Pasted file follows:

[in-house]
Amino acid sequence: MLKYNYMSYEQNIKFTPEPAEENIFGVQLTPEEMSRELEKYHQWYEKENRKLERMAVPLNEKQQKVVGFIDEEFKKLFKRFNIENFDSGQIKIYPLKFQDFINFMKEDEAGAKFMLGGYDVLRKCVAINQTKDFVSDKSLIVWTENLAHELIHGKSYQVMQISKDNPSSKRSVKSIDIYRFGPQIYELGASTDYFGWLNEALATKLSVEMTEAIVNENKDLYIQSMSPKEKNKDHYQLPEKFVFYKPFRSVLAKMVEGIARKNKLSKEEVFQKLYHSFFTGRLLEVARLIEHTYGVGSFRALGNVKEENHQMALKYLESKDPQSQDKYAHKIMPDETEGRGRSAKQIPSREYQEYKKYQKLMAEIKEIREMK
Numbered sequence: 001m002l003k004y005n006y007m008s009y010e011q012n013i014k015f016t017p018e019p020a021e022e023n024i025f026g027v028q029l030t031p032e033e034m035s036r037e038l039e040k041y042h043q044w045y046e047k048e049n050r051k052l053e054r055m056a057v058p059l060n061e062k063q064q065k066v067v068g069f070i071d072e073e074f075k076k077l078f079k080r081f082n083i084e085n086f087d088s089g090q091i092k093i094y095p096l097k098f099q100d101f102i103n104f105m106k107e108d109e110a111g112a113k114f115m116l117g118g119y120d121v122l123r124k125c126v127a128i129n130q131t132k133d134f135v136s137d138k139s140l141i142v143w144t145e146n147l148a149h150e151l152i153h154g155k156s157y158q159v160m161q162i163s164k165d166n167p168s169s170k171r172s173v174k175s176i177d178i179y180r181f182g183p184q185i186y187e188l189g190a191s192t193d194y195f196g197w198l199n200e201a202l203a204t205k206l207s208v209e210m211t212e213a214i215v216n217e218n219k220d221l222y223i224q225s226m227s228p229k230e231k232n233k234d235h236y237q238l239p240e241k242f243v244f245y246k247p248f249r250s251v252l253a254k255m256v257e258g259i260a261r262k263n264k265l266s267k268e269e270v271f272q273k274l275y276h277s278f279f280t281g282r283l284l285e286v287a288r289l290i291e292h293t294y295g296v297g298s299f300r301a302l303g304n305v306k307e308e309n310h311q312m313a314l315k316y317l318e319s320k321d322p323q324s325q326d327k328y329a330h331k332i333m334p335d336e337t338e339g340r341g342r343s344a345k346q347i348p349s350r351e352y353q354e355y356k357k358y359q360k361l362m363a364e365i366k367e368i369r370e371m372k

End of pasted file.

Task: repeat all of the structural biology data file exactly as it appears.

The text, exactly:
[in-house]
Amino acid sequence: MLKYNYMSYEQNIKFTPEPAEENIFGVQLTPEEMSRELEKYHQWYEKENRKLERMAVPLNEKQQKVVGFIDEEFKKLFKRFNIENFDSGQIKIYPLKFQDFINFMKEDEAGAKFMLGGYDVLRKCVAINQTKDFVSDKSLIVWTENLAHELIHGKSYQVMQISKDNPSSKRSVKSIDIYRFGPQIYELGASTDYFGWLNEALATKLSVEMTEAIVNENKDLYIQSMSPKEKNKDHYQLPEKFVFYKPFRSVLAKMVEGIARKNKLSKEEVFQKLYHSFFTGRLLEVARLIEHTYGVGSFRALGNVKEENHQMALKYLESKDPQSQDKYAHKIMPDETEGRGRSAKQIPSREYQEYKKYQKLMAEIKEIREMK
Numbered sequence: 001m002l003k004y005n006y007m008s009y010e011q012n013i014k015f016t017p018e019p020a021e022e023n024i025f026g027v028q029l030t031p032e033e034m035s036r037e038l039e040k041y042h043q044w045y046e047k048e049n050r051k052l053e054r055m056a057v058p059l060n061e062k063q064q065k066v067v068g069f070i071d072e073e074f075k076k077l078f079k080r081f082n083i084e085n086f087d088s089g090q091i092k093i094y095p096l097k098f099q100d101f102i103n104f105m106k107e108d109e110a111g112a113k114f115m116l117g118g119y120d121v122l123r124k125c126v127a128i129n130q131t132k133d134f135v136s137d138k139s140l141i142v143w144t145e146n147l148a149h150e151l152i153h154g155k156s157y158q159v160m161q162i163s164k165d166n167p168s169s170k171r172s173v174k175s176i177d178i179y180r181f182g183p184q185i186y187e188l189g190a191s192t193d194y195f196g197w198l199n200e201a202l203a204t205k206l207s208v209e210m211t212e213a214i215v216n217e218n219k220d221l222y223i224q225s226m227s228p229k230e231k232n233k234d235h236y237q238l239p240e241k242f243v244f245y246k247p248f249r250s251v252l253a254k255m256v257e258g259i260a261r262k263n264k265l266s267k268e269e270v271f272q273k274l275y276h277s278f279f280t281g282r283l284l285e286v287a288r289l290i291e292h293t294y295g296v297g298s299f300r301a302l303g304n305v306k307e308e309n310h311q312m313a314l315k316y317l318e319s320k321d322p323q324s325q326d327k328y329a330h331k332i333m334p335d336e337t338e339g340r341g342r343s344a345k346q347i348p349s350r351e352y353q354e355y356k357k358y359q360k361l362m363a364e365i366k367e368i369r370e371m372k